5 Top Tips and What to Carry in Your Backpack
- Do you plan to watch the sunset at one of these beaches? We always carry a Petzl headlamp in the backpack to get back to the car safely.
- Also, a jacket or sweater for the evening must be brought to handle the cool temperature and wind.
- Carry plenty of water; there is no cafe or store. We prefer an insulated water bottle to carry hot tea, water or both.
- Don’t miss out on my 10 Essentials in my backpack – I never go without them.
- Don’t leave any valuables in your vehicle – this warning was shown at all parking lots.
The 4 Olympic Beaches in PNW in Detail
1 Rialto Beach – Hole in the Wall Walk
Rialto Beach is the one before the first beach in La Push. The beach itself is accessible during high and low tides, but the highlight, the Hole in the Wall, is only around low tide. For this specific spot, check out the tide times and also the height of the low tide. We experienced a negative tide means below sea level, but it can also be above 3 ft during low tide, and you have a much smaller window to get there and safely back. Information board and tide times are displayed at the trailhead.
The best time to visit Rialto Beach and Hole in the Wall is roughly two hours before low tide and one hour after low tide. Also important is the height of the low tide, as mentioned above.
- Trail length along Rialto Beach to Hole in the Wall and return: 3,4 miles/ 5,5 km.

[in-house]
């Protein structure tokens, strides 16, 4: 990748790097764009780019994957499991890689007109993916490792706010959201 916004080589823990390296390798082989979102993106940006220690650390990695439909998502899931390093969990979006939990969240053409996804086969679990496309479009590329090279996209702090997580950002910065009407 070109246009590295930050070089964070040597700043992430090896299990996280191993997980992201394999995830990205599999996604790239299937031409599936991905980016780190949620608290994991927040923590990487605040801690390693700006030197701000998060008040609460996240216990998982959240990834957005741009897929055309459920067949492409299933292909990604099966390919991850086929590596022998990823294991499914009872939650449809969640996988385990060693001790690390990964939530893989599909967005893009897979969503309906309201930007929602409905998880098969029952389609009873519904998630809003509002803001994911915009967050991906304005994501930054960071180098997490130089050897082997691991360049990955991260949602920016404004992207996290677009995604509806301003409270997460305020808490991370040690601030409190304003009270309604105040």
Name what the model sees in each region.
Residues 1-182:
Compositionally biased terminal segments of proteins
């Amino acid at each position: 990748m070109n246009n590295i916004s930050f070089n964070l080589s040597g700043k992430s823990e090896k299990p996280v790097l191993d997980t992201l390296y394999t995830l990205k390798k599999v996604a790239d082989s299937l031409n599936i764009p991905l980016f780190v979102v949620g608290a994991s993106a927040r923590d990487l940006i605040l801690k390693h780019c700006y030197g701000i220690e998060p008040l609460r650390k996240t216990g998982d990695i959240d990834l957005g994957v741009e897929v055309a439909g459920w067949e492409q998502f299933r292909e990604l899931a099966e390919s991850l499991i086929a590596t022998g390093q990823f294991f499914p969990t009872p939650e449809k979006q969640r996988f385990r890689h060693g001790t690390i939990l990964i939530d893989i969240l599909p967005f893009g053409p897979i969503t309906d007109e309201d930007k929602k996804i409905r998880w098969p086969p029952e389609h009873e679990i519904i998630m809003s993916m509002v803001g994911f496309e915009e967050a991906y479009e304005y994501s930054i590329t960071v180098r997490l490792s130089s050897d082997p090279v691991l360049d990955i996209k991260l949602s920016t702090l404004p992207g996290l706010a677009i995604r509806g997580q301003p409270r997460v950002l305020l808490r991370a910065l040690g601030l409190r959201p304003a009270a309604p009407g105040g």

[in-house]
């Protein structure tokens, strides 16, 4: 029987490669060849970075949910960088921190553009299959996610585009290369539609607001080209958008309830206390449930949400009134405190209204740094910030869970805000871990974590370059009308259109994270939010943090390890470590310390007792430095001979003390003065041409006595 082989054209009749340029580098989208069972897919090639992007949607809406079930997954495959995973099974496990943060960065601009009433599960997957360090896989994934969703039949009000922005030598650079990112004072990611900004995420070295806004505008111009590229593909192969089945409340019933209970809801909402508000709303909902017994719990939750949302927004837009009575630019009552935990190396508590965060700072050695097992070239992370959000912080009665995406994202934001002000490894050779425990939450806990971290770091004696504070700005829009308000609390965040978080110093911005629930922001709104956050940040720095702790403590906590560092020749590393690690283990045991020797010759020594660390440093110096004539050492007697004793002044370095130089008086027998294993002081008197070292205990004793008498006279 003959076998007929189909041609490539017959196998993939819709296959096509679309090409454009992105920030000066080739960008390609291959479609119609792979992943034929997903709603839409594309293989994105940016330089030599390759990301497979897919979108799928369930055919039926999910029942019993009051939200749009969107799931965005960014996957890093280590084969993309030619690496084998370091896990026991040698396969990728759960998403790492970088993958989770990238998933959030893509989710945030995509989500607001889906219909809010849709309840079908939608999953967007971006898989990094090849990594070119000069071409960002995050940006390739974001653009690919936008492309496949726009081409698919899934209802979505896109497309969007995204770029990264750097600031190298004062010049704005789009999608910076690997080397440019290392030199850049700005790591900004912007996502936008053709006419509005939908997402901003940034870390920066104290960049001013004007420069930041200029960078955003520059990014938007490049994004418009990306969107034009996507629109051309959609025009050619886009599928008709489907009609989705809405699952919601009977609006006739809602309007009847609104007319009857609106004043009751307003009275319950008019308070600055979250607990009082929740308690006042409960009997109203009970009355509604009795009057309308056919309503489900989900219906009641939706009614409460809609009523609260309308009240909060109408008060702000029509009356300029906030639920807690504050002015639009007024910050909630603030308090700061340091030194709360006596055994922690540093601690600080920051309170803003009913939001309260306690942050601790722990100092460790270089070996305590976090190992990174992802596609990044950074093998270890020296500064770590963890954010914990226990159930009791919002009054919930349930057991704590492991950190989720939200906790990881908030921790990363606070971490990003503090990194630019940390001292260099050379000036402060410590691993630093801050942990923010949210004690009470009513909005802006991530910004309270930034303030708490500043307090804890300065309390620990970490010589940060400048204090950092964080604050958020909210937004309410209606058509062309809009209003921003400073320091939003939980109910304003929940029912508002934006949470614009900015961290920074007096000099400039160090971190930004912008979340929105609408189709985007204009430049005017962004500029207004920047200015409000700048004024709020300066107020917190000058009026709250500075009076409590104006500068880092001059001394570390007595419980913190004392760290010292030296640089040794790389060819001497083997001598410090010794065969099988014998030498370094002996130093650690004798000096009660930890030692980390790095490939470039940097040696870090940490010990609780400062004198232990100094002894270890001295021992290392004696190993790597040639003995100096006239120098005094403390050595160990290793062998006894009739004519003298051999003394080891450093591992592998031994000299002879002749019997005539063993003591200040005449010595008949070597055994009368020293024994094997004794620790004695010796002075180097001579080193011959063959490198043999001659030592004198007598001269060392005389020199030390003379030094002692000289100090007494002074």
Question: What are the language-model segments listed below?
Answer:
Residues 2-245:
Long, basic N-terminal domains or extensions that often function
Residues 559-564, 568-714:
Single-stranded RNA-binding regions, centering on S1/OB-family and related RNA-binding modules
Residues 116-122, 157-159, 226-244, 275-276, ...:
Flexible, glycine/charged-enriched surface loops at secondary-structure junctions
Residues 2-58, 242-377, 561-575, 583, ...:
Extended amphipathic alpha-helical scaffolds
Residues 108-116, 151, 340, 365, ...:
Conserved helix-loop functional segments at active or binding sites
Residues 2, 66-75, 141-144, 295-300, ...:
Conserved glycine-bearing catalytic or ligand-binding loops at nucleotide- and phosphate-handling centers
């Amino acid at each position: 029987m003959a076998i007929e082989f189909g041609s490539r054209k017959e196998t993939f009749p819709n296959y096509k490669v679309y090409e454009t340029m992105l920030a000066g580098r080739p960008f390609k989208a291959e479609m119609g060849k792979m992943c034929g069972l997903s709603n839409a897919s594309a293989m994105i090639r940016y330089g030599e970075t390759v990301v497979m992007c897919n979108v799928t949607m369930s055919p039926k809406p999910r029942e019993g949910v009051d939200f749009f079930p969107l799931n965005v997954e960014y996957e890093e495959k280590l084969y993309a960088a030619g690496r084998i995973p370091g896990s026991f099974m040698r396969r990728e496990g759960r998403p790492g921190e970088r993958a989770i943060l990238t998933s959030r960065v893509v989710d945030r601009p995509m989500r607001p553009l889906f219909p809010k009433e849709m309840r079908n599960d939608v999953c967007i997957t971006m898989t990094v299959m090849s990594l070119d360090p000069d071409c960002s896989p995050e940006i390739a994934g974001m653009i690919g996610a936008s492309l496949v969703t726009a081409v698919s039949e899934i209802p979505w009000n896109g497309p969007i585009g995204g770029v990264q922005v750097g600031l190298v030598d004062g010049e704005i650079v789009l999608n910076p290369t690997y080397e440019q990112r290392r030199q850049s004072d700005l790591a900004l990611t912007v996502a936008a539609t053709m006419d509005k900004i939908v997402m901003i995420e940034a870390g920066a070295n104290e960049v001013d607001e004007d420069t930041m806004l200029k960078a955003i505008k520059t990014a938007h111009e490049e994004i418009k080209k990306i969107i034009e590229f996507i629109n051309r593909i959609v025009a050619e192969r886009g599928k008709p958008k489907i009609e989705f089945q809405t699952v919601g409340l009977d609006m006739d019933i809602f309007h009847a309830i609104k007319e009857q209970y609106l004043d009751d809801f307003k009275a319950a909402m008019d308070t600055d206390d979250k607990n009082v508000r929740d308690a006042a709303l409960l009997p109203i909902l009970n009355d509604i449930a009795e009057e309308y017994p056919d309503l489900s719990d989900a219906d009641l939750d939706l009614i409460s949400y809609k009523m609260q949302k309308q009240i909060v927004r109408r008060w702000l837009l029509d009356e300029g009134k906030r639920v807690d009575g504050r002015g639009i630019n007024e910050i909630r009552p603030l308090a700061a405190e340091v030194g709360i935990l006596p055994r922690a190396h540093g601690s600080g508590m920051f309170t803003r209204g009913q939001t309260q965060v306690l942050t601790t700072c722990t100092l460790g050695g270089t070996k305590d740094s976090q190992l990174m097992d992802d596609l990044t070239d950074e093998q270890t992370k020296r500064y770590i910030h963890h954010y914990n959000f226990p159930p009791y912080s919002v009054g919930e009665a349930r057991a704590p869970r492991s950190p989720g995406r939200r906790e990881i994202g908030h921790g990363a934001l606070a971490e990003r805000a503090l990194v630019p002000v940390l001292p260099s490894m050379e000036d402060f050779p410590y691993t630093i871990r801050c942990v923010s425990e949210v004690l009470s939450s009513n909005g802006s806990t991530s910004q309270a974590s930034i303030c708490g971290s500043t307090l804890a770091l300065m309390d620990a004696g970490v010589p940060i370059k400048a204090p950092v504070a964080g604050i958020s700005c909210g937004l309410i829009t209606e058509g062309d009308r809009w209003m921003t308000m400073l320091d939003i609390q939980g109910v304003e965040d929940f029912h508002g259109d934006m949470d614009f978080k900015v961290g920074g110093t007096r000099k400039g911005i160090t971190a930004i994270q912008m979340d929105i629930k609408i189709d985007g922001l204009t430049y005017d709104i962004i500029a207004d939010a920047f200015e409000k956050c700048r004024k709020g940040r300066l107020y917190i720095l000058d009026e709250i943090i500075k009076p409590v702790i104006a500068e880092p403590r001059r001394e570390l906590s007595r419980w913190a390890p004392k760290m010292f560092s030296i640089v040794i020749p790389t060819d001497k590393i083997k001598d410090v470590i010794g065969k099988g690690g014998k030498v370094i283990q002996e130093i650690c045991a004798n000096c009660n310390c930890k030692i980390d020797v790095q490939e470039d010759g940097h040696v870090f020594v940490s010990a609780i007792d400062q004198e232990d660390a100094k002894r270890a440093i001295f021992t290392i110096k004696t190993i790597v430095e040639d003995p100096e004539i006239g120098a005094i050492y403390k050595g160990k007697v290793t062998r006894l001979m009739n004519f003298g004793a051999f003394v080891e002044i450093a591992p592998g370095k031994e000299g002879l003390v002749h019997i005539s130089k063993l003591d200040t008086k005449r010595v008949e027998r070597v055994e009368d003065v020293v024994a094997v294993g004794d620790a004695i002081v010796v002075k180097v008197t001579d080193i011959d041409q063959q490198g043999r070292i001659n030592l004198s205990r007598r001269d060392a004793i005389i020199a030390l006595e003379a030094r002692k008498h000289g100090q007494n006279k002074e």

- Duration in and out plus time around the Hole in the Wall: 2 ½ - 3 hours
- Elevation Difference: none – it is a flat walk from the parking along the beach
- Difficulty: Moderate walk through the soft sand, rocks at Hole in the Wall are slippery from the sea vegetation and algae - proper shoes with traction (these are my beloved INOV) are the best option.
- Depending on the rainfall before, you must cross an ankle-deep creek. During our visit end of May, the creek was almost not existing.
- Rating: Rialto Beach is lovely– the “Hole in the Wall” Rock is spectacular around low tide.
- Tide Times Rialto Beach to Hole in the Wall
How to get to Rialto Beach?
It is a 20 minutes drive from Forks, where we stayed in the Pacific Inn Motel (more below, plus photos). You need a rental car to get to Rialto Beach. Proper planning is key to getting to Hole in the Wall.
Parking: Plenty of Parking; Google Maps Location and facilities, toilet paper and soap where available.
Camping: Backcountry camping is permitted after Ellen Creek until Hole in the Rock but not before.
Summary Rialto Beach
- Pro: Not crowded due to the remote location and the 45 minutes walk to the rock. The tidepools are full of giant green anemones, the biggest anemone of all and ochre sea stars.